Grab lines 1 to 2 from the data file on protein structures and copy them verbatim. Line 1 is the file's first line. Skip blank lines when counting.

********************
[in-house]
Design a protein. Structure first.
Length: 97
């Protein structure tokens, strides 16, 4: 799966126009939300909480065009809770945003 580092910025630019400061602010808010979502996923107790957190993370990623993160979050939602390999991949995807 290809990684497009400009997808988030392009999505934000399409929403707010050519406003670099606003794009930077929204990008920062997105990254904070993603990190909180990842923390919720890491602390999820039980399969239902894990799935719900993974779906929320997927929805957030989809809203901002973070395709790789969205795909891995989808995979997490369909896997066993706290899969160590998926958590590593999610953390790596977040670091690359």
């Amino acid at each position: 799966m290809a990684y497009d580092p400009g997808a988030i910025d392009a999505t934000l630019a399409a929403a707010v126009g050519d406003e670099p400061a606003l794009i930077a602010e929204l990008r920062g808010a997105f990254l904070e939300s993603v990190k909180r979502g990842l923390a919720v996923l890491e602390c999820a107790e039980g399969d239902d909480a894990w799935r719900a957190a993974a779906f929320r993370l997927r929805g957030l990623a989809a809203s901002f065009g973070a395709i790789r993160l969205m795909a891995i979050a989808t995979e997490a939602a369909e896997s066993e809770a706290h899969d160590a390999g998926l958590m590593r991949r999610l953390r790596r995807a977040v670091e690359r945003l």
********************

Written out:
[in-house]
Design a protein. Structure first.